Praise for A RIDDLE OF STARS (Zoland Books, Cambridge, MA, 1999)
Robert Taylor, Boston Globe, 11/16/99: Matt Quigley, the likable hero of Pierce Butler’s lyrical novel…grew up in a western Ireland of turf fires and pounding surf…Butler’s realistic novel moves along reflecting glimpses of a Massachusetts seen through a car’s windshield. The automobile symbolizes his relationship to America, but he cannot leave the Old World behind…One may recall John Updike’s Rabbit novels…but to Matt, his dilapidated used car is a species of magic…The mood of A Riddle of Stars is wistful and understated, but it has scenes of substantial drama…Matt’s grease-smeared job in Kendall Square evokes Chaplin on the assembly line in Modern Times…But the Irish scenes are neatly balanced too; the sense of place assumes a significant role, enhanced by Matt’s grandfather’s stories of islands, legends, and historical and mythical kings. It is this world, “presided over by strange unknowable constellations,” that supplies the novel’s title.
Susan Salter Reynolds, Sunday LA Times, 11/21/99: This quiet memoir inside a novel takes a reader by surprise. A young man…sent to a remote spit of land called the Inish, is forced to grow, like a tree around a rock, around a loneliness he cannot shake…The weight of responsibility and the fact of being left form his character. When he leaves, as an adult, to join his American girlfriend in Boston, the loneliness overtakes him, making it impossible to be in love, even though he is in love. “A riddle of stars,” his grandfather tells him is “a riddle only God can answer.” Matt’s memories of an Irish childhood lived wholly outdoors are wild and cinematic, like a scene from The Secret of Roan Inish. Pierce Butler’s novel…is an immigrant’s song.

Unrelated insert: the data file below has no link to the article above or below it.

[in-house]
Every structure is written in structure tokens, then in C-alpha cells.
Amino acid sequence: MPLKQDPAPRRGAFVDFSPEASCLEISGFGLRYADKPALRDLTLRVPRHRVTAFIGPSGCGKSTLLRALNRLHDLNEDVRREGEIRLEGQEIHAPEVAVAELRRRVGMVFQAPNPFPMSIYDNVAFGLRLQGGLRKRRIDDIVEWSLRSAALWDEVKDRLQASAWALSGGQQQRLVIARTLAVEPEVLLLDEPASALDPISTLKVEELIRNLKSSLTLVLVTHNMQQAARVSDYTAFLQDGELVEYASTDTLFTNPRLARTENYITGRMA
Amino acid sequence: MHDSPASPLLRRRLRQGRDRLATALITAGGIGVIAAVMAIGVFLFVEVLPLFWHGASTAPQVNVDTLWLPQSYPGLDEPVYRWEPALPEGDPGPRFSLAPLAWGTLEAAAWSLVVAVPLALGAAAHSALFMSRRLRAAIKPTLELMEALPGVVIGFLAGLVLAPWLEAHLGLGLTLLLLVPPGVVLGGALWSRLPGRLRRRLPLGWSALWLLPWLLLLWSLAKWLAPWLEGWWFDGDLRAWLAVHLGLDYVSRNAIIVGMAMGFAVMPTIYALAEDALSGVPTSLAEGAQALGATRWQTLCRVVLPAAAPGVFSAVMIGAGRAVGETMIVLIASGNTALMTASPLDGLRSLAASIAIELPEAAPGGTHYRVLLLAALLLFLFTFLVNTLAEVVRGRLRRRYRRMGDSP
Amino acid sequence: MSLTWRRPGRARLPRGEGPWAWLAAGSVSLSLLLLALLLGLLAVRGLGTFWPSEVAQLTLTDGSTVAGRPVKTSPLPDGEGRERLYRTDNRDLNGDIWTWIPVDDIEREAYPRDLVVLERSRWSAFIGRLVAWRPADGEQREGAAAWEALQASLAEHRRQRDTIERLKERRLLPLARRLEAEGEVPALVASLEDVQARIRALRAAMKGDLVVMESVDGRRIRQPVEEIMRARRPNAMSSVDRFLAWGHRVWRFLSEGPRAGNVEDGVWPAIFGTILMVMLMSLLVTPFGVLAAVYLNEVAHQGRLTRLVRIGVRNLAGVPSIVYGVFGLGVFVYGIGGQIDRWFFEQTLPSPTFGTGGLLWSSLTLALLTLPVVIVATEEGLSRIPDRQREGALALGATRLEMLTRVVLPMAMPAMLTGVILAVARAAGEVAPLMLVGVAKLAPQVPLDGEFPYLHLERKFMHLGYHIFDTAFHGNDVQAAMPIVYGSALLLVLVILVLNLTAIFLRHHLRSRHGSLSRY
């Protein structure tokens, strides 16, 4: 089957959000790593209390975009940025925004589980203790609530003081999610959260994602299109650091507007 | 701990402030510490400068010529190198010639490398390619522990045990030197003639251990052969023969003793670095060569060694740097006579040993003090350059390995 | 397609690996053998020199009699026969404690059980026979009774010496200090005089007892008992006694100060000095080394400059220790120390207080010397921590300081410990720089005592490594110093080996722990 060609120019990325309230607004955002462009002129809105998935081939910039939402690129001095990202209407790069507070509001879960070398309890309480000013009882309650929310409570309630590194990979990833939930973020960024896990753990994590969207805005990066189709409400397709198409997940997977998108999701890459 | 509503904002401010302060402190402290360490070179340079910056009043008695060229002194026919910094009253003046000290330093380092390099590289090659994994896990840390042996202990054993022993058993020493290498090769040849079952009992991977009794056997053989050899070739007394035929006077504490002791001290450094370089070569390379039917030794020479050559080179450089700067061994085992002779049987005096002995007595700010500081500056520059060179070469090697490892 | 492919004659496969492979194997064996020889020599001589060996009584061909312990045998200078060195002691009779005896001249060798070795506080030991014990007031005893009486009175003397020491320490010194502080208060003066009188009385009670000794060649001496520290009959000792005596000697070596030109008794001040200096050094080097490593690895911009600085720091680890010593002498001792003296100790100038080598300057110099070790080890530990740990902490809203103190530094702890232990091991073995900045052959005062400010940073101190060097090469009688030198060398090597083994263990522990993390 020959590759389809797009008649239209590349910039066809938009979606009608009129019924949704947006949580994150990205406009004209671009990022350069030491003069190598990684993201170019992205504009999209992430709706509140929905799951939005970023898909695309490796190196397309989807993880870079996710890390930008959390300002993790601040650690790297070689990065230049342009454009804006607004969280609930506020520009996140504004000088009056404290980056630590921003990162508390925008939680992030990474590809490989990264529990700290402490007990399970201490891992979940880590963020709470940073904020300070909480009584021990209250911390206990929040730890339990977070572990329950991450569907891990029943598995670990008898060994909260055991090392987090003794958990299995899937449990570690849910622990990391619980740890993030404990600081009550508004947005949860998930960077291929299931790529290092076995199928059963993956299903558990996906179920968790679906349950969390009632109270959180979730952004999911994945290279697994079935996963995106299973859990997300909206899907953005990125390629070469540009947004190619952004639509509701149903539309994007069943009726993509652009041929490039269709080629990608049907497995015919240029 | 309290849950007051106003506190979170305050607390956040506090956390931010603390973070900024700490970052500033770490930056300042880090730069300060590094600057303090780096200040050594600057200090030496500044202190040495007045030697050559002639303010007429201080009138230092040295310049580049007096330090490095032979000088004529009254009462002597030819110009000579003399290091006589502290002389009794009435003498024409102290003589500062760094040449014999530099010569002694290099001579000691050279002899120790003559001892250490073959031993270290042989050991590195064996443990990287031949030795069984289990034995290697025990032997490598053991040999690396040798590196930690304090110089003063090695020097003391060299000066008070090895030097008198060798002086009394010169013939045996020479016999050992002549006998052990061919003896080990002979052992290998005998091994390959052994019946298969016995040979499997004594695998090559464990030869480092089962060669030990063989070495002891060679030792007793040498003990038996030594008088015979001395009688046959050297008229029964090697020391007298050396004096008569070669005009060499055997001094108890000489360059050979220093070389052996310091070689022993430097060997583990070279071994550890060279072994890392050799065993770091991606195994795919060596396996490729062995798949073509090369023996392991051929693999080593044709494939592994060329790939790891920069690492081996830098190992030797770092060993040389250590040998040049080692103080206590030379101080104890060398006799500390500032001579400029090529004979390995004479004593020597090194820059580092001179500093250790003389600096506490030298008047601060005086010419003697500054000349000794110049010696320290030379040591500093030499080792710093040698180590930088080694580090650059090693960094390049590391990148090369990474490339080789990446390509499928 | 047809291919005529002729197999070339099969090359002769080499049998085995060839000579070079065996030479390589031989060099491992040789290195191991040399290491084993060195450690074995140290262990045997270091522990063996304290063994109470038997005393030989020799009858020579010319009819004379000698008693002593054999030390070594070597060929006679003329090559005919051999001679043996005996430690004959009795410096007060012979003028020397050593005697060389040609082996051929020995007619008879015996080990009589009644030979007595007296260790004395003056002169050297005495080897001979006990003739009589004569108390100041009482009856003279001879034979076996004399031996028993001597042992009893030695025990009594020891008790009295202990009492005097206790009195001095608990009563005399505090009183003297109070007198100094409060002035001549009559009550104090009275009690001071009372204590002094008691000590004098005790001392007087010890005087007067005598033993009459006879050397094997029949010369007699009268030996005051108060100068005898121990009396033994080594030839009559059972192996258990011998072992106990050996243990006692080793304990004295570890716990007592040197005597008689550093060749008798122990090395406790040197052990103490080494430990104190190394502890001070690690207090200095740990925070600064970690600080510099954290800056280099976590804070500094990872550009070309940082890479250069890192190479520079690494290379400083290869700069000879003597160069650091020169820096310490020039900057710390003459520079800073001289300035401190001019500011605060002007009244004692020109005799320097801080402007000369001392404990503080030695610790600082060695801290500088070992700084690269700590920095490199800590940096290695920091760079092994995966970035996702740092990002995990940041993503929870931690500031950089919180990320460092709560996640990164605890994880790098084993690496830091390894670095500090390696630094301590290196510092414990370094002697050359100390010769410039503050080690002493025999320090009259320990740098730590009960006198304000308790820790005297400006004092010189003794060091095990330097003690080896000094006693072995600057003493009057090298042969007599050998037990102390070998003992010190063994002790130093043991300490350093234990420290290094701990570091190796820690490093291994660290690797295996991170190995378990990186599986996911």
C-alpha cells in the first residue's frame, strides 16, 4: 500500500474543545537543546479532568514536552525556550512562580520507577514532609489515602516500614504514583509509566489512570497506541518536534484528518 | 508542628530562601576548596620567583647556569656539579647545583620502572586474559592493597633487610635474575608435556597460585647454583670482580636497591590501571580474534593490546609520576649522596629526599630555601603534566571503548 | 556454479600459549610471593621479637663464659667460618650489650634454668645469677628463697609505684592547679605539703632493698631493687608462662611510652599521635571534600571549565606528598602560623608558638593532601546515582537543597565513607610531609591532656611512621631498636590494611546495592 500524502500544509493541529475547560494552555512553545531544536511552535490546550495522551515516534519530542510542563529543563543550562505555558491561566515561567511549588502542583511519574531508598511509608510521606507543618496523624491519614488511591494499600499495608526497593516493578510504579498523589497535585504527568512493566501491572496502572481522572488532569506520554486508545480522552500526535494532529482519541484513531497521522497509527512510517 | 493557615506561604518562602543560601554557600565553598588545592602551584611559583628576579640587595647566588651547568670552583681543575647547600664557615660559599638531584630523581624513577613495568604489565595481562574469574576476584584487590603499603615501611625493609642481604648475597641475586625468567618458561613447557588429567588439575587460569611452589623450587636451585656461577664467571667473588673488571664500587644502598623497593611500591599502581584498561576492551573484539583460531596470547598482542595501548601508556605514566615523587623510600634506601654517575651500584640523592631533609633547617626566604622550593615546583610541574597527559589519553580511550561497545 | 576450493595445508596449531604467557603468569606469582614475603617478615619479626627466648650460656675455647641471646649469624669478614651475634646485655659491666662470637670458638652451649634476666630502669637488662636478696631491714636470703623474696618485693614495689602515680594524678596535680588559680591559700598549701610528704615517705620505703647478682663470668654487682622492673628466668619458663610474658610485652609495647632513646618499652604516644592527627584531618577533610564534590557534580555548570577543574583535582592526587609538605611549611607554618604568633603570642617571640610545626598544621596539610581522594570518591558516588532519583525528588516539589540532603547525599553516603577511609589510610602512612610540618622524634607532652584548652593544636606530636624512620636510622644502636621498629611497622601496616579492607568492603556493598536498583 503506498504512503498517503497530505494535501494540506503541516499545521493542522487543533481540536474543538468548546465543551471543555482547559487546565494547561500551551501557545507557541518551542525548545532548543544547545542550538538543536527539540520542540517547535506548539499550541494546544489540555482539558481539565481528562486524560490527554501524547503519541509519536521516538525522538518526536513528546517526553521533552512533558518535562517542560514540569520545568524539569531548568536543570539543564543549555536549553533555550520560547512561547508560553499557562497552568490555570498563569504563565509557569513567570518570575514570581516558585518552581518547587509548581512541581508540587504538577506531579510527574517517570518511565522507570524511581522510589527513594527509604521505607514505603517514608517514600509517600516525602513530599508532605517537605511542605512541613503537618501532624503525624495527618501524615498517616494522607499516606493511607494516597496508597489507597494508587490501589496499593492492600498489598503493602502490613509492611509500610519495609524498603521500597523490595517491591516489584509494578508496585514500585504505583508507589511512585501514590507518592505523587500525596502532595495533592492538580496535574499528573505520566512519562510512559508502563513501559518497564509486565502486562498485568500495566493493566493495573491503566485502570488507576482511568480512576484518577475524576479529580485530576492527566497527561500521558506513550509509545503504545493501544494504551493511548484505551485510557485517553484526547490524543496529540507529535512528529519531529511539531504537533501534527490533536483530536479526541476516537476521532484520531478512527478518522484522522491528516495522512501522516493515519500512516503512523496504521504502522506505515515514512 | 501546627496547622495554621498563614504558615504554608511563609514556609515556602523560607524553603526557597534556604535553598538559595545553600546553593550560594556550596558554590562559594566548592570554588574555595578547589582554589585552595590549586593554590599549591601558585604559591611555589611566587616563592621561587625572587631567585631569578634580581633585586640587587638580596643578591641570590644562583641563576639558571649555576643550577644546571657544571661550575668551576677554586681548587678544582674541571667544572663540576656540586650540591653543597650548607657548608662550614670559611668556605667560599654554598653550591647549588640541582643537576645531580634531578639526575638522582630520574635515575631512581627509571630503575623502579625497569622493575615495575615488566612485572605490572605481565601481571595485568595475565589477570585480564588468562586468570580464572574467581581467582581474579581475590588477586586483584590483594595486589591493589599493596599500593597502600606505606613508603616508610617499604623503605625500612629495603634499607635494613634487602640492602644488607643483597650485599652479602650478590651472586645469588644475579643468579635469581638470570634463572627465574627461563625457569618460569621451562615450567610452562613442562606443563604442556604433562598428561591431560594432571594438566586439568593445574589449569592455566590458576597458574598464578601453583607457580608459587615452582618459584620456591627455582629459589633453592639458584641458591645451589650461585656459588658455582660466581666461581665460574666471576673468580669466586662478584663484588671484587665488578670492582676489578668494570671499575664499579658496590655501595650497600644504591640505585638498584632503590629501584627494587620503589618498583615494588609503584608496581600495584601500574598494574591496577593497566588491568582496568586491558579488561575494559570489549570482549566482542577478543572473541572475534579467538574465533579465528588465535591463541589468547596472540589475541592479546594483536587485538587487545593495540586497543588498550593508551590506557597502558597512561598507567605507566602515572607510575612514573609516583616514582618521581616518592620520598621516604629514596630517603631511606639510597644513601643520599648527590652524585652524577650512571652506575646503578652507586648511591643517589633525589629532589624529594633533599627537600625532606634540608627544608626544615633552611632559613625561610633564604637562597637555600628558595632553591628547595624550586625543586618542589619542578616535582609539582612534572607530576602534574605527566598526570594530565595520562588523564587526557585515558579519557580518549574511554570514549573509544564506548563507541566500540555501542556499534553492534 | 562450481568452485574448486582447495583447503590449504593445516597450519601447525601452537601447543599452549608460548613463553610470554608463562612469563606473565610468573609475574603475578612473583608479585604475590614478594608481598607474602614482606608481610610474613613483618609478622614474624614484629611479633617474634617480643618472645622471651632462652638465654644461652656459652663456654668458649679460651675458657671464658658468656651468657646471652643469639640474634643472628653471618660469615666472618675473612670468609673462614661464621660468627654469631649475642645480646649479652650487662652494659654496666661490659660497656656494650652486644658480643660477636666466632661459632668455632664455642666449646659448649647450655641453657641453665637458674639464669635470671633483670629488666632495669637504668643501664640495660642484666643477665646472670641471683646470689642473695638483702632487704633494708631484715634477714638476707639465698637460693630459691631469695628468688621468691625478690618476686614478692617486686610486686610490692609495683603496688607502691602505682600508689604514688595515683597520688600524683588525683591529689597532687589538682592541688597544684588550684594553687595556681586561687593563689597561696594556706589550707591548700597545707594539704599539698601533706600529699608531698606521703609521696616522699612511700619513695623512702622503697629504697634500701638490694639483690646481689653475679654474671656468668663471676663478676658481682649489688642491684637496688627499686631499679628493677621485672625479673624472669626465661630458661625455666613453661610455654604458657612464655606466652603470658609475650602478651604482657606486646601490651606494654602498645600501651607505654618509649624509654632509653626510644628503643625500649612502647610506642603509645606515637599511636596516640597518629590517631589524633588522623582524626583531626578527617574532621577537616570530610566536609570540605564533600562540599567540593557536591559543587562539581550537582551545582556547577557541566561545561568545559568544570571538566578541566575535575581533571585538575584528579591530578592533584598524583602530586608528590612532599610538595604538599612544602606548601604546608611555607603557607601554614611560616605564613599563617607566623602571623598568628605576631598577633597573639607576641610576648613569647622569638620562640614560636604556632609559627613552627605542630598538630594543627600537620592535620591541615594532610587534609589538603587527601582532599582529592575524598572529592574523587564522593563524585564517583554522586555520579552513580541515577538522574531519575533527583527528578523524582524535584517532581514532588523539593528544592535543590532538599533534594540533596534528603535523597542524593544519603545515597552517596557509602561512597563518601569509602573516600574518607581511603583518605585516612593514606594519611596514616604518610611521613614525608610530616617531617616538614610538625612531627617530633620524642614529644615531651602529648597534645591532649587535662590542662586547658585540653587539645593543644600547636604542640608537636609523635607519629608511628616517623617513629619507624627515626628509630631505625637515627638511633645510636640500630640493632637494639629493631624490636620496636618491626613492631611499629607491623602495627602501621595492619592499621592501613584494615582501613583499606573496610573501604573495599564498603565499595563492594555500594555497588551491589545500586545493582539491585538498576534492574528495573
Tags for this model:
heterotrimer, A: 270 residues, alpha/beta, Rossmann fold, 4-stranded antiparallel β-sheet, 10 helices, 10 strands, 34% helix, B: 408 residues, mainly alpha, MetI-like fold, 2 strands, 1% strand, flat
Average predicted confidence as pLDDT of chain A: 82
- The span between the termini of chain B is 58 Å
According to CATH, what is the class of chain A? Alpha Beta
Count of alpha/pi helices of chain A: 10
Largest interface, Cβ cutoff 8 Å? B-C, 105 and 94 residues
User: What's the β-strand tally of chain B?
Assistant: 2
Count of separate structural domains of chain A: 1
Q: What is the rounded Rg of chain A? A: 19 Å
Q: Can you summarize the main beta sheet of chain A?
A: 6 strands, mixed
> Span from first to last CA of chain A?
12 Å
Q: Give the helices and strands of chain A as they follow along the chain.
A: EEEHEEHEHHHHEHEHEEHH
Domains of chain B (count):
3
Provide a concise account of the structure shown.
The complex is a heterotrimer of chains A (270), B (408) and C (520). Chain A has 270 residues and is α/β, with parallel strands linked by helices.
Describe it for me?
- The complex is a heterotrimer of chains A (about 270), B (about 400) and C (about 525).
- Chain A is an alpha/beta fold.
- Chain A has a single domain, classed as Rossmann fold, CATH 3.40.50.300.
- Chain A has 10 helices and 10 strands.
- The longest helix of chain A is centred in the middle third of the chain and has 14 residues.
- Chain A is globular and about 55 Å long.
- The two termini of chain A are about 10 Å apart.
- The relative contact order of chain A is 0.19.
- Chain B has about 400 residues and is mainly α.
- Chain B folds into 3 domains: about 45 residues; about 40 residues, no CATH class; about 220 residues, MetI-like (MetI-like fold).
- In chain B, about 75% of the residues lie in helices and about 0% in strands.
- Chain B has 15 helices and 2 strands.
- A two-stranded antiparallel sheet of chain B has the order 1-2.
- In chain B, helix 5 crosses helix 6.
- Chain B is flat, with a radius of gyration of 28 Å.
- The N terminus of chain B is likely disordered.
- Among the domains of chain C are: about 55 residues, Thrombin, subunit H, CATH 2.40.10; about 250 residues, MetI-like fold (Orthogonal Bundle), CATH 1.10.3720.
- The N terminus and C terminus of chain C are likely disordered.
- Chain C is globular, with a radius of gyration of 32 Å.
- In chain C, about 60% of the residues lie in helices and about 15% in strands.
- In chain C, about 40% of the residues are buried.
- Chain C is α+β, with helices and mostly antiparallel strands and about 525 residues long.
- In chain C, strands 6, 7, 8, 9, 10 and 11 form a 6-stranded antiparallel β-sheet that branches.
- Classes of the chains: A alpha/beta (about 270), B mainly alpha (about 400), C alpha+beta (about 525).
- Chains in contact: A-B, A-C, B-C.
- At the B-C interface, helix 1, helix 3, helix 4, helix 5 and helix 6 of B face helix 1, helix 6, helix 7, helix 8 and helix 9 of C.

Lauren Byrne, Irish Voice, 1/5/00: In this impressive novel, Pierce Butler makes sense of the exile’s experience. In a Pontiac Le Mans he’s nicknamed the Monster Matt Quigley explores the highways of Massachusetts…Unable to commit to his girlfriend Lily he succumbs to the lure of the open road…Only the news that Lily’s father Sam is dying curtails Matt’s plan…The details of Sam’s last days offer the reader a rare and strangely comforting view into the process of death, so seldom articulated, its mysteries so often contained behind the sanitized curtain of a hospital bed…In lyrical prose Butler has quantified the heritage of a down-trodden race…In the seamlessly interwoven stories of Matt’s experiences in Boston and his childhood in Kerry, Butler shows how in the end, mere distance is immaterial, but that, as Yeats put it, “the real journey is the soul’s.”
Robert Allen Papinchak, Sunday New York Times Book Review, 3/19/00: Pierce Butler’s novel fervently contrasts the old ways of Ireland with New World notions…Resigned to the strengths of the old legends, Matthew finally understands that the barrenness of the Inish has become the comforting source of his endurance. In this sturdy novel about the haunting nature of memories, we watch as Matthew comes to terms with loss, love, and his own destiny.
Tom Deignan, Irish America, 8/9/00: Butler’s protagonist Matt Quigley is an expatriate in New England, and struggling with American ways. He grew up listening to dark, mythic tales told by his unsentimental grandfather…Only when another patriarch in his life must confront death does Matt seem to balance life’s possibilities with its dangers, in this impressive, lyrical debut.